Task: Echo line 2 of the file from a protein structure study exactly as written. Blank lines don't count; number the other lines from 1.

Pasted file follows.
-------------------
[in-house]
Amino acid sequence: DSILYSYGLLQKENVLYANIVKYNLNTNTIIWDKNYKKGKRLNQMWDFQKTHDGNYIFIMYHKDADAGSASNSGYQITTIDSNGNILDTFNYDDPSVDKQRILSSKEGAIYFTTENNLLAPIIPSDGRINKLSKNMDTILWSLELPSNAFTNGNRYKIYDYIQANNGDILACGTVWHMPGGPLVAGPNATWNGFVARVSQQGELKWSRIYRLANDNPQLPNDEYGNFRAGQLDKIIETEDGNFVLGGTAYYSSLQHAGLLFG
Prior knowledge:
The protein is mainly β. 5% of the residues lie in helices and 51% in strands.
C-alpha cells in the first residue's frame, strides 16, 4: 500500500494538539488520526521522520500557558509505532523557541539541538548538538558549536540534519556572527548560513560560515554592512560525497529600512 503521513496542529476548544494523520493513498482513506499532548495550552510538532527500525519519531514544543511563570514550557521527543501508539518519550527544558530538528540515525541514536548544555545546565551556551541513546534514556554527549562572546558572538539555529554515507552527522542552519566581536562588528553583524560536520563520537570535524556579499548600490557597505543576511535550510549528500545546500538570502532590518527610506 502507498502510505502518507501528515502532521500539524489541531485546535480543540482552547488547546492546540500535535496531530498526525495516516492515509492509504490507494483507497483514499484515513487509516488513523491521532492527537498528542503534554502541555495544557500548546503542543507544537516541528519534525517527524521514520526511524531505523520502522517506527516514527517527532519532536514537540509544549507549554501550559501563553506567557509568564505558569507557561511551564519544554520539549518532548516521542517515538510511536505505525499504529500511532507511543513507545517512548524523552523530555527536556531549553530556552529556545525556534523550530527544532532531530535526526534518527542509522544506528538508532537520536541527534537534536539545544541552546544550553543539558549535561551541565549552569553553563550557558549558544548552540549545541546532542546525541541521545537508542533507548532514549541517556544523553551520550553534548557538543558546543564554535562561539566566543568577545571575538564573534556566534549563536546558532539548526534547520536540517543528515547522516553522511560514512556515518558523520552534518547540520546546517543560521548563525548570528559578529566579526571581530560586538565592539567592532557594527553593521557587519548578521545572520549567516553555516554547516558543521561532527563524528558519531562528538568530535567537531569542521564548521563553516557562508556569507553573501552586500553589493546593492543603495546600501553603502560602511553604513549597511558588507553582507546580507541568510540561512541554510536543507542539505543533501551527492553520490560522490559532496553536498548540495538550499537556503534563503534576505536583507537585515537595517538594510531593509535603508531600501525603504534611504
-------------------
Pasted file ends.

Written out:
Amino acid sequence: DSILYSYGLLQKENVLYANIVKYNLNTNTIIWDKNYKKGKRLNQMWDFQKTHDGNYIFIMYHKDADAGSASNSGYQITTIDSNGNILDTFNYDDPSVDKQRILSSKEGAIYFTTENNLLAPIIPSDGRINKLSKNMDTILWSLELPSNAFTNGNRYKIYDYIQANNGDILACGTVWHMPGGPLVAGPNATWNGFVARVSQQGELKWSRIYRLANDNPQLPNDEYGNFRAGQLDKIIETEDGNFVLGGTAYYSSLQHAGLLFG